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Janos Lutz

LCpl Janos V Lutz, USMC

May 27, 1988 – January 12, 2013

It was 5:00 am October 31, 2006 while most teenagers were sleeping soundly in their beds dreaming about the Halloween parties occurring later that day, my 18 year old son Janos Lutz (John) was being transported to Parris Island where he would begin his transformation into the US military. Fast forward to almost a year later, April 2007 John found himself graduating into a U.S. Marine. I sat proudly in the crowd with tears of joy in my eyes, as I watched my son so full of life and determination standing to accept his new role in life. I stood with him accepting that I too had a new role in life, as a proud Marine Mom. Laughter, tears, and lots of hugs followed after the ceremony as John received his station orders.

Next stop Camp Lejeune, NC. John continued his training to become a Marine Assaultman. He worked tirelessly for 1 year with his brothers and became an expert in the application of violence. A well trained and oiled machine, my son was ready for his first assignment. He deployed to Ramadi, Iraq exactly 1 year to the day he left his quiet home in Davie, FL. Like most Marine deployments it was 6 months. Despite the harsh conditions and perils of war John made it home unharmed and still had that same fire in his eyes and smile on his face as when he first became a Marine. Reunited with John, it was as if he never left and I had my son back strong and still determined to serve his new role in life to the fullest.

John’s reunion was short lived as he received his next deployment in the “Summer of Decision” 2009. This time he would journey to Afghanistan to faithfully serve his country once more. John was about to be part of the biggest helicopter drop of U.S. service men since the Vietnam War. He accompanied 4,000 of his fellow Marines into the uncharted territories they would soon come to know as hell on earth. 2nd Battalion, 8th Marines (2/8) would engage in Operation Khanjar, which means Operation Strike of the Sword, and 2/8 was at the tip of the sword.

The battle began July 2, 2009 and it provided its first casualty not shortly thereafter. Perhaps, this was an omen as to the loss our Marines would experience in the years following. During the next 6 months our Marines endured grueling temperatures of over 142F, food shortages, lack of water and low ammunition. Improvised Explosive Devices (IEDs) riddled the land preventing supply caravans from reaching them. As a result many Marines lost an average of 40 lbs that summer. Sick, dehydrated, and vomiting uncontrollably our Marines fought on for us, for our country, and to stay alive long enough to return to the arms of those they loved. “I am my brother’s keeper” they repeated over and over again in their head as they fought beside their brothers, the only thing that was keeping them alive. For those of us home safe in America, we know now that this in fact was the only thing that kept them going thousands of miles away completely disconnected from the familiar life they once knew. Bonding with their brothers over a common goal of survival by each pledging to give his life to save their brothers,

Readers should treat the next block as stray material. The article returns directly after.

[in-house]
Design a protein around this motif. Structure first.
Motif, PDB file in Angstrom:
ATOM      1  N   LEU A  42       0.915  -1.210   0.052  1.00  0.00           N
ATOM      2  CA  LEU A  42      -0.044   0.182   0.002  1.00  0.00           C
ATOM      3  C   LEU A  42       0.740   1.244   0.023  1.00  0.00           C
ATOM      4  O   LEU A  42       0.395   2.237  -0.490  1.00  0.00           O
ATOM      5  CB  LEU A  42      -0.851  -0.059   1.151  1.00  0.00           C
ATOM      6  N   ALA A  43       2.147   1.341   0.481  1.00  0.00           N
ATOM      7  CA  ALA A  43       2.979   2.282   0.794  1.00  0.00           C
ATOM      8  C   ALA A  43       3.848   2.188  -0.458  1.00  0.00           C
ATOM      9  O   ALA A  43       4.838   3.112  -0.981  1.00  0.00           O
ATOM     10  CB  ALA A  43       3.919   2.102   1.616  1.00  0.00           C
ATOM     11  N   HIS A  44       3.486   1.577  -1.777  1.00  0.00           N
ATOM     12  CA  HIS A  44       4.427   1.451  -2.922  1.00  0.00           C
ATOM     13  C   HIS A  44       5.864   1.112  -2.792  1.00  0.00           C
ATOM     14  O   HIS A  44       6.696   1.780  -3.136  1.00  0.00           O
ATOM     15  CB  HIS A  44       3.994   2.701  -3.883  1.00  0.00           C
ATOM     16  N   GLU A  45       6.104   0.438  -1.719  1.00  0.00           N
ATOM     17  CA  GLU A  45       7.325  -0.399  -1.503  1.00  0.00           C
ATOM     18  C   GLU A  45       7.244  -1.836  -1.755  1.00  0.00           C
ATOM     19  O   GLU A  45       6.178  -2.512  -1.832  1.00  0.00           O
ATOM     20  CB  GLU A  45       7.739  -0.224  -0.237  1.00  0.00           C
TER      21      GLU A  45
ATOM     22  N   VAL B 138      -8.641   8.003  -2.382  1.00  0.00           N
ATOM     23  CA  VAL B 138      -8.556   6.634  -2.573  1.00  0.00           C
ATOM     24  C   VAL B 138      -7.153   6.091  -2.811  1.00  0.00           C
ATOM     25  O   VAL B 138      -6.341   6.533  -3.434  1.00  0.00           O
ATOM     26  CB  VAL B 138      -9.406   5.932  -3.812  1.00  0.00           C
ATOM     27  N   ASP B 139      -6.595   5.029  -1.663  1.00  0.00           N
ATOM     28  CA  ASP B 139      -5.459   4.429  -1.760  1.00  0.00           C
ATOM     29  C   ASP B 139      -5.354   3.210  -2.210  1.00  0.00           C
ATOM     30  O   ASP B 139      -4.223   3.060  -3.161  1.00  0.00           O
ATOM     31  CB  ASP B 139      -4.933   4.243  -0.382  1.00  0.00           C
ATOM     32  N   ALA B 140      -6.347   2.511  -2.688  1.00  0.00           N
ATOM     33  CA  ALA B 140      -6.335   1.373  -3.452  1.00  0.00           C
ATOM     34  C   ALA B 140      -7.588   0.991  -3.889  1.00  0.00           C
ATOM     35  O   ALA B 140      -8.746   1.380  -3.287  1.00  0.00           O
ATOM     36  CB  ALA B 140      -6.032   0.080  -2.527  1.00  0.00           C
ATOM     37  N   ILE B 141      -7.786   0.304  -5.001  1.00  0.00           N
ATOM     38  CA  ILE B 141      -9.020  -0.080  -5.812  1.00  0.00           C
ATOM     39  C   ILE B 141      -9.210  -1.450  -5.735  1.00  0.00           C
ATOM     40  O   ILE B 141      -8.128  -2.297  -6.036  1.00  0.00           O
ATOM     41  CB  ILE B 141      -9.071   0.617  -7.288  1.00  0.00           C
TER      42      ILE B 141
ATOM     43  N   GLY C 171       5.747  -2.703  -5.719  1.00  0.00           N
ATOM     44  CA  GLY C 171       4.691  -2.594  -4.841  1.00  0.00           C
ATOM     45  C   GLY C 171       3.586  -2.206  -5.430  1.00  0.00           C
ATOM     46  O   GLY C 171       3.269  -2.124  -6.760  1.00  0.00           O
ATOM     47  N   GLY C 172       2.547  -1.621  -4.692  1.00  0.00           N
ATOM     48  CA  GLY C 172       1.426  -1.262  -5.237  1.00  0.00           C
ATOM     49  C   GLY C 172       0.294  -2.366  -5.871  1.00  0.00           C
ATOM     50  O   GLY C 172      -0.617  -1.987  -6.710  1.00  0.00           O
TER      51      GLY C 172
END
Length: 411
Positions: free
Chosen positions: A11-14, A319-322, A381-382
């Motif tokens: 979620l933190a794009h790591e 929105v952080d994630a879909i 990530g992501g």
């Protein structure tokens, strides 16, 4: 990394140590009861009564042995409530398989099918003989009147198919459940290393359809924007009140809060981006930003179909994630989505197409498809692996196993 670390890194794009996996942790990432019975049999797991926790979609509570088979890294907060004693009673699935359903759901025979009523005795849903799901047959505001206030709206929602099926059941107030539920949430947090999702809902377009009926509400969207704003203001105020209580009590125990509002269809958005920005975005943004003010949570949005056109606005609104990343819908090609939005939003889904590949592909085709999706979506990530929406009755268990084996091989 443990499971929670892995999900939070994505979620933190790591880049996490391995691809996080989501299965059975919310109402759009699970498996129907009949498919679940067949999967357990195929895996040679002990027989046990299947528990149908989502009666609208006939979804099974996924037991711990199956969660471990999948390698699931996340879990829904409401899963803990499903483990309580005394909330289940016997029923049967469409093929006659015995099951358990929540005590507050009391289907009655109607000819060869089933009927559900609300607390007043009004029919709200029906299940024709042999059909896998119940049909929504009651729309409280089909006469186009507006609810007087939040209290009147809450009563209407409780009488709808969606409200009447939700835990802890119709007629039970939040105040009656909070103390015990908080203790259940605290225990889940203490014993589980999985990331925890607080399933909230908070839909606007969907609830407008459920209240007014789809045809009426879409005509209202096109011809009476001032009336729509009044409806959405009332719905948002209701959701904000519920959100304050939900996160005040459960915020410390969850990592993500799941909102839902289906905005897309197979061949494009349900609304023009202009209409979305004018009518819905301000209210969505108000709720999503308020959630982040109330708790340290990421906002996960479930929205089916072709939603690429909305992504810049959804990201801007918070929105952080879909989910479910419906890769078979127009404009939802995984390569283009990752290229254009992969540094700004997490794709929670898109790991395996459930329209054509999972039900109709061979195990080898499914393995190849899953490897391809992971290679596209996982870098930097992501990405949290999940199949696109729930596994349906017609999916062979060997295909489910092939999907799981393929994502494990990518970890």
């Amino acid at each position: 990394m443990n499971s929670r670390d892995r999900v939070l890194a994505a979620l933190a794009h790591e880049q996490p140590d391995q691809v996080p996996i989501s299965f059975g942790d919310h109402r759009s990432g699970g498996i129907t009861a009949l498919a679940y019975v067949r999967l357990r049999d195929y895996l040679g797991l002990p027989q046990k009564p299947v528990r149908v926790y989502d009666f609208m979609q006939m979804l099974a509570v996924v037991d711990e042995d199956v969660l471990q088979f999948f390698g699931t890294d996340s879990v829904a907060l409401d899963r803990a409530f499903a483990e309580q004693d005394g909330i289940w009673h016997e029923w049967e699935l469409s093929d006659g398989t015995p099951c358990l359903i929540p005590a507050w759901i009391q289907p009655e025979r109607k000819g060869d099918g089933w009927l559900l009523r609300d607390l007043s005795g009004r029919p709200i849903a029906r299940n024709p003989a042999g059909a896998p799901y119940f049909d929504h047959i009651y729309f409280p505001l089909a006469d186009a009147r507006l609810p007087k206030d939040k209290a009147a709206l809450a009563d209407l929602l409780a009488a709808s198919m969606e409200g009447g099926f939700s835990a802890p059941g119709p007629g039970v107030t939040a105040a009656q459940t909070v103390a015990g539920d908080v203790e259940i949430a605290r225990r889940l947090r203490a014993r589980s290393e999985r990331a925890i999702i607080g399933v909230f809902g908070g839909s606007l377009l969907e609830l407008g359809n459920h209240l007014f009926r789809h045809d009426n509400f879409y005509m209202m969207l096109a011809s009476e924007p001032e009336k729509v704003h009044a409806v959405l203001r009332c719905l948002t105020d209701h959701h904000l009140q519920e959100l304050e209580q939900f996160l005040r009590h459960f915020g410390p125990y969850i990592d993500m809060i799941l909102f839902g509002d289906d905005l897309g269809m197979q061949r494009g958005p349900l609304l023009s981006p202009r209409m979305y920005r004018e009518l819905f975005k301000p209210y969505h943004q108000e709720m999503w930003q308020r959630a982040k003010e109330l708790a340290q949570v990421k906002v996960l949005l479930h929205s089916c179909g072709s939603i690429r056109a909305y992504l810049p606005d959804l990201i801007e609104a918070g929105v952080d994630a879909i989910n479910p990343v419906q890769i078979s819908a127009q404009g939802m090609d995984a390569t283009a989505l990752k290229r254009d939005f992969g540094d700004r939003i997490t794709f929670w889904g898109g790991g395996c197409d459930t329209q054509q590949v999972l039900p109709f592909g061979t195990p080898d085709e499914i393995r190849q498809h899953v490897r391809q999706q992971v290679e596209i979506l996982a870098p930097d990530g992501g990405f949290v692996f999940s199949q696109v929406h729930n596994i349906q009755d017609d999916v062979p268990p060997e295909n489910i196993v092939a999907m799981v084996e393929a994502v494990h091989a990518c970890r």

2/8 lost 14 men that summer. Those who survived suffered the causalities of lost limbs, lost brothers, and many endured life changing injuries.

From the sidelines, us at home saw our returning Marines and thought what a blessing it is that they made it back alive. Joy and happiness flowed through us as we cried out tears, but their tears were that of pain and loss. Those Marines who made it back simply traded one battlefield for another. As they retired their guns and stepped off that plane, they were completely unprepared and unarmed to fight the battle that would soon follow. This battle takes more of our Veterans lives here at home, than any offshore battlefield. Post-Traumatic Stress robs the life from 22+ veterans a day on home soil.